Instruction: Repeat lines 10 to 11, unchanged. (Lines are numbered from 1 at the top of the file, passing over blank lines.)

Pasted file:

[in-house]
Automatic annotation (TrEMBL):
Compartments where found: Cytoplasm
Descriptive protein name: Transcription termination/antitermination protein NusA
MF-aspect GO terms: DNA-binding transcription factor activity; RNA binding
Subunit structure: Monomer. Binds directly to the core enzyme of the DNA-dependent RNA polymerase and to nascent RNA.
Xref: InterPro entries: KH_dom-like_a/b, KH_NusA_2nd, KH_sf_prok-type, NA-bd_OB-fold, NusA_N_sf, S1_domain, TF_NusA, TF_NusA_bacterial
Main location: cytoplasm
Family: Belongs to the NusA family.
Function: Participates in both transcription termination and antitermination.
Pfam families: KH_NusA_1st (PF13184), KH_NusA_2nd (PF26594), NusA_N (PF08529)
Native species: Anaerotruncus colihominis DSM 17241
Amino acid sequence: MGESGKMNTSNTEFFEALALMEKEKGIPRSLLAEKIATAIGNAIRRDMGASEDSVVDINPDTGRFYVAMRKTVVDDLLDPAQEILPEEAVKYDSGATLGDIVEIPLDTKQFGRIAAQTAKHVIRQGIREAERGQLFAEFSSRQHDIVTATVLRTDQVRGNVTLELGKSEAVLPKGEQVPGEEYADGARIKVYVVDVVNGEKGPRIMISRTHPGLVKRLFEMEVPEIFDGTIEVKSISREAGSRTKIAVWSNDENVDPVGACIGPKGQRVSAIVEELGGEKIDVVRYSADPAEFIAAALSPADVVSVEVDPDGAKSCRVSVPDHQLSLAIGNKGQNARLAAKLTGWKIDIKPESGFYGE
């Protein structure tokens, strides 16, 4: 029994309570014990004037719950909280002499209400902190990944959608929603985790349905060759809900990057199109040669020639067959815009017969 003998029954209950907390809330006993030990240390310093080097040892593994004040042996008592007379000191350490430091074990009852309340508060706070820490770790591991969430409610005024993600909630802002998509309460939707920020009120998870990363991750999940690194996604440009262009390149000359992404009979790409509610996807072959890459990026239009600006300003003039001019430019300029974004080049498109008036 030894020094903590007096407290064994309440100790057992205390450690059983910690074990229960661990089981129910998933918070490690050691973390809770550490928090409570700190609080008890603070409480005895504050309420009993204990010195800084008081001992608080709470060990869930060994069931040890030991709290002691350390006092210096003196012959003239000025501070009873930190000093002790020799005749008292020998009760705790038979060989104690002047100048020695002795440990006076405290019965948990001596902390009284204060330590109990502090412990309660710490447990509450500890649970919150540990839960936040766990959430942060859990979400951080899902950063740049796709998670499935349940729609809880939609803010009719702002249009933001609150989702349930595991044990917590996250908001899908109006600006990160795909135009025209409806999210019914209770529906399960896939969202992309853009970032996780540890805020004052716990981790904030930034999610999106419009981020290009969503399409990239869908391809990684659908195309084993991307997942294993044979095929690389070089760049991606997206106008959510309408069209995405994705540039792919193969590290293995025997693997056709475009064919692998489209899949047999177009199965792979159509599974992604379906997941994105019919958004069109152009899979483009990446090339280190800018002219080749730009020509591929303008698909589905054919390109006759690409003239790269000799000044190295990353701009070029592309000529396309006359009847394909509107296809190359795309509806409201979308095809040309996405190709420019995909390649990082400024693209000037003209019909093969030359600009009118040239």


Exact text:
Function: Participates in both transcription termination and antitermination.
Pfam families: KH_NusA_1st (PF13184), KH_NusA_2nd (PF26594), NusA_N (PF08529)